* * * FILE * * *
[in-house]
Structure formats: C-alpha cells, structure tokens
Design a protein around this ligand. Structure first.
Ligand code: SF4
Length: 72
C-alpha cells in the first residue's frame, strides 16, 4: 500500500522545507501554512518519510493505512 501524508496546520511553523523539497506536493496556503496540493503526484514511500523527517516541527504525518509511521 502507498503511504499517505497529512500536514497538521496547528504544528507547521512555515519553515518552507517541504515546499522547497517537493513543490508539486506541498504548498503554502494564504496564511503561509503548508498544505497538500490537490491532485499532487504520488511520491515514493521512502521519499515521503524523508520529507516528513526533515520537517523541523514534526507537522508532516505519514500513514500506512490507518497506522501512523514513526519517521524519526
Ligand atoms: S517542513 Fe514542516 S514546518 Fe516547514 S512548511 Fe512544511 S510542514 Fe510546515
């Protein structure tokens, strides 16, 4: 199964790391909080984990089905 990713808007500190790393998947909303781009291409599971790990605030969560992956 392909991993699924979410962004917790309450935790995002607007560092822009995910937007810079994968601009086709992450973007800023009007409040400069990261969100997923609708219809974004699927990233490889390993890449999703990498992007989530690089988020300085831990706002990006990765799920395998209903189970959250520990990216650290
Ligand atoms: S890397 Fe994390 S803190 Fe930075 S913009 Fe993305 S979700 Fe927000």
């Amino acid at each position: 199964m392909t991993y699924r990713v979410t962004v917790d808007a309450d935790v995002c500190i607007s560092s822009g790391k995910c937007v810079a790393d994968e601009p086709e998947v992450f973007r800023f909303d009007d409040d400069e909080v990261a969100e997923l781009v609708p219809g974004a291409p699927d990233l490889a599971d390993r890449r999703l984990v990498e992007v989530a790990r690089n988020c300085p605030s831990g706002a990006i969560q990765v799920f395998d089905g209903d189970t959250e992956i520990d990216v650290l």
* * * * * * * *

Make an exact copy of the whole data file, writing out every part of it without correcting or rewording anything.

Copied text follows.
[in-house]
Structure formats: C-alpha cells, structure tokens
Design a protein around this ligand. Structure first.
Ligand code: SF4
Length: 72
C-alpha cells in the first residue's frame, strides 16, 4: 500500500522545507501554512518519510493505512 501524508496546520511553523523539497506536493496556503496540493503526484514511500523527517516541527504525518509511521 502507498503511504499517505497529512500536514497538521496547528504544528507547521512555515519553515518552507517541504515546499522547497517537493513543490508539486506541498504548498503554502494564504496564511503561509503548508498544505497538500490537490491532485499532487504520488511520491515514493521512502521519499515521503524523508520529507516528513526533515520537517523541523514534526507537522508532516505519514500513514500506512490507518497506522501512523514513526519517521524519526
Ligand atoms: S517542513 Fe514542516 S514546518 Fe516547514 S512548511 Fe512544511 S510542514 Fe510546515
């Protein structure tokens, strides 16, 4: 199964790391909080984990089905 990713808007500190790393998947909303781009291409599971790990605030969560992956 392909991993699924979410962004917790309450935790995002607007560092822009995910937007810079994968601009086709992450973007800023009007409040400069990261969100997923609708219809974004699927990233490889390993890449999703990498992007989530690089988020300085831990706002990006990765799920395998209903189970959250520990990216650290
Ligand atoms: S890397 Fe994390 S803190 Fe930075 S913009 Fe993305 S979700 Fe927000």
């Amino acid at each position: 199964m392909t991993y699924r990713v979410t962004v917790d808007a309450d935790v995002c500190i607007s560092s822009g790391k995910c937007v810079a790393d994968e601009p086709e998947v992450f973007r800023f909303d009007d409040d400069e909080v990261a969100e997923l781009v609708p219809g974004a291409p699927d990233l490889a599971d390993r890449r999703l984990v990498e992007v989530a790990r690089n988020c300085p605030s831990g706002a990006i969560q990765v799920f395998d089905g209903d189970t959250e992956i520990d990216v650290l």